2. Am I familiar with the technology? If not, I’ll spend a lot of time dealing with stupid technology issues.
  3. Am I working with my usual team? If not, I’ll spend a lot of time building the team and I won’t be able to use velocity to estimate.
  4. Am I used to delivering projects of this size? I not, I’ll spend a lot of time scaling up my usual practices.

In retrospect: the advice still stands, not just for fixed-price projects.

Selling Tip 1: Don’t respond to RFPs, communicate

Don’t just respond to a written Request For Proposal but establish a real collaboration and communication with the customer.

We’re going to collaborate and communicate anyway, so let’s start now and see if it works before we’ve spend much time in this relationship.

In retrospect: the advice still stands. Some customers prefer not to communicate and keep providers at arm’s length. Do you really want to work with them? If so, plan on a large risk contingency.

Selling Tip 2: It works both ways

Ensure that the contract evenly distributes responsibilities and benefits between customer and provider. Make sure that the customer is committed to doing what you expect of them.

The most important goal of the sales process is to set up a working agreement between customer and provider than leads to success. Always “test” the customer: build in small commitments for the customer and see if they hold their part of the bargain.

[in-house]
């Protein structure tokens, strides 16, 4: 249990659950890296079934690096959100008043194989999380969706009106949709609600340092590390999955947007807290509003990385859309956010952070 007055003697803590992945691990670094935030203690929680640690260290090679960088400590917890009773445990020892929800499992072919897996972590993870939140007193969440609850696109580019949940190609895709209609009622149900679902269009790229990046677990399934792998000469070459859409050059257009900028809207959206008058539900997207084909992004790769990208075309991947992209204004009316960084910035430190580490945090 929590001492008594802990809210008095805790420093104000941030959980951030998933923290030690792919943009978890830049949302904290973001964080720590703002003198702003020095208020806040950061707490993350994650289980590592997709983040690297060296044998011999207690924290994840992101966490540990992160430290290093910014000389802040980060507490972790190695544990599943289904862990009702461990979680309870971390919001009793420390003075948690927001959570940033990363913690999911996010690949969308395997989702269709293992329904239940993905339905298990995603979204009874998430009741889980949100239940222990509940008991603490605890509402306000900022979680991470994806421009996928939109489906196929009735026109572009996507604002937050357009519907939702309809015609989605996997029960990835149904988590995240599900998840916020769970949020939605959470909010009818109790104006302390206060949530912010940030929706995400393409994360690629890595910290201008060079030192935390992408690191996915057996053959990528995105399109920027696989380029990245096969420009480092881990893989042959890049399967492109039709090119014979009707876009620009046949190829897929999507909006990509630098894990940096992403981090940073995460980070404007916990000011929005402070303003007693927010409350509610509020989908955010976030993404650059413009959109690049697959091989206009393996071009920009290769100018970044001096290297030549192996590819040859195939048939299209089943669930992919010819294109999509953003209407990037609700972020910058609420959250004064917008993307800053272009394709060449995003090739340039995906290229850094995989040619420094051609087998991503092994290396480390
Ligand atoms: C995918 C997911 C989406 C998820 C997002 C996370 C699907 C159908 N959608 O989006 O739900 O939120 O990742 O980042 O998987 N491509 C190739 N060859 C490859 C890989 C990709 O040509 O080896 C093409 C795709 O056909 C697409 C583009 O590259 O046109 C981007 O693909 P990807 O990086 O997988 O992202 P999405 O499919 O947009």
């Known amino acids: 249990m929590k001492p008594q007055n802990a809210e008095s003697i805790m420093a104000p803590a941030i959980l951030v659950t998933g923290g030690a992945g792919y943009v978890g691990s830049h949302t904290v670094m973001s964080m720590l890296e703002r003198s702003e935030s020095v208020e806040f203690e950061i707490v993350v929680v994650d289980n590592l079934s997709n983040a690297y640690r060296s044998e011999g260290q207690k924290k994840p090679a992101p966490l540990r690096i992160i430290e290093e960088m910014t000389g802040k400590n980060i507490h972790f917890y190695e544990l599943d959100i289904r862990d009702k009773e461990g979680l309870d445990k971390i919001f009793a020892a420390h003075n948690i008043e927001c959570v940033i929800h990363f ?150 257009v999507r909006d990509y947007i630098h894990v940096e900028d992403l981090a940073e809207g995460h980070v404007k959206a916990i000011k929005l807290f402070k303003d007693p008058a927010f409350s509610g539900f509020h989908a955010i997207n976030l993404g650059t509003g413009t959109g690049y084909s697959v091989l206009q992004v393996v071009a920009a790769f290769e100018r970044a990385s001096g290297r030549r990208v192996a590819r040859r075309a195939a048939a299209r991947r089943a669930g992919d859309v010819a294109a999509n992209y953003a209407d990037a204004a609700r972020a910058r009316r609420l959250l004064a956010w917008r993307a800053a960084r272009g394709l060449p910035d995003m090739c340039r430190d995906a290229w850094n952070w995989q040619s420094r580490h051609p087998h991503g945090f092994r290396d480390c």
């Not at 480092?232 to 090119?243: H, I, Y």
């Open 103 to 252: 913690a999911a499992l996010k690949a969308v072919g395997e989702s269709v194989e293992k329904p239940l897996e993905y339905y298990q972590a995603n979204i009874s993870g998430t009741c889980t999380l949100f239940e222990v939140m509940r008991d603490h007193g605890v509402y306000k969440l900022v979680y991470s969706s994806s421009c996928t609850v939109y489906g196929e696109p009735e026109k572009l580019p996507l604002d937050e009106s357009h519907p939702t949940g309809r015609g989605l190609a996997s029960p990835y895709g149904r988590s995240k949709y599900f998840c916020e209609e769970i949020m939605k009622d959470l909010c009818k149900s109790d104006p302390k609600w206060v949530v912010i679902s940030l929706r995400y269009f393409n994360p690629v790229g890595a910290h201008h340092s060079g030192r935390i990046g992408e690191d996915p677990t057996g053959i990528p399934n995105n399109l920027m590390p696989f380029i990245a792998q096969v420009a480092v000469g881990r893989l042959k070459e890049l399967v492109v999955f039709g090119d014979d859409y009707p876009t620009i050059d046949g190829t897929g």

In retrospect: the advice still stands. I won’t enter into an agreement that I think is unfair. I won’t start a project unless I have confidence that the customer will do what they’re responsible for. Too many projects go wrong because the customer agrees to do something and then doesn’t take up their responsibilities.

Selling Tip 3: Don’t underbid

Don’t quote a price below cost to win a contract with the intent of making it up later with extra costs.

No unfair contracts.

In retrospect: the advice still stands.

Selling Tip 4: Add enough slack to cover the risks

Do a risk assessment of the project. Add enough slack to the estimate to cover risk, estimation accuracy and (especially) the type of customer you’re working with.

How much slack needs to be added? That requires a lot of experience (see qualifying tip 1) and historical data. For example, what’s the fluctuation in velocity over the last few projects? How does this customer compare to previous customers?